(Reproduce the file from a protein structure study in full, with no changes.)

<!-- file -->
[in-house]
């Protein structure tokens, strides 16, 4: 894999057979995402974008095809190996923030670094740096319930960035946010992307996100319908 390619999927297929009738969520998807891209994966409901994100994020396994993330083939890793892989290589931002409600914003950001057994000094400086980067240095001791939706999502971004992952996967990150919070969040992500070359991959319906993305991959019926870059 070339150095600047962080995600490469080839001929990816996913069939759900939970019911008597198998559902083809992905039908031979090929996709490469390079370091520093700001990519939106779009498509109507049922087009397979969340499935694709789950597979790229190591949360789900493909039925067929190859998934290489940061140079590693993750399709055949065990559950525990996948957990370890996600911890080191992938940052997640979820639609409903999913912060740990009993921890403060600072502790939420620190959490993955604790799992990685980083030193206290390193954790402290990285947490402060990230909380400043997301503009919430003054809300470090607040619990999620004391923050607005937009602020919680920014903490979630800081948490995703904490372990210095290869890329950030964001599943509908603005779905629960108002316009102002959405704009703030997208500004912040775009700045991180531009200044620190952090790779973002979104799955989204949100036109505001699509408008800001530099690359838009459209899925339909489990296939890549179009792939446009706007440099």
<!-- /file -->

[in-house]
């Protein structure tokens, strides 16, 4: 894999057979995402974008095809190996923030670094740096319930960035946010992307996100319908 390619999927297929009738969520998807891209994966409901994100994020396994993330083939890793892989290589931002409600914003950001057994000094400086980067240095001791939706999502971004992952996967990150919070969040992500070359991959319906993305991959019926870059 070339150095600047962080995600490469080839001929990816996913069939759900939970019911008597198998559902083809992905039908031979090929996709490469390079370091520093700001990519939106779009498509109507049922087009397979969340499935694709789950597979790229190591949360789900493909039925067929190859998934290489940061140079590693993750399709055949065990559950525990996948957990370890996600911890080191992938940052997640979820639609409903999913912060740990009993921890403060600072502790939420620190959490993955604790799992990685980083030193206290390193954790402290990285947490402060990230909380400043997301503009919430003054809300470090607040619990999620004391923050607005937009602020919680920014903490979630800081948490995703904490372990210095290869890329950030964001599943509908603005779905629960108002316009102002959405704009703030997208500004912040775009700045991180531009200044620190952090790779973002979104799955989204949100036109505001699509408008800001530099690359838009459209899925339909489990296939890549179009792939446009706007440099």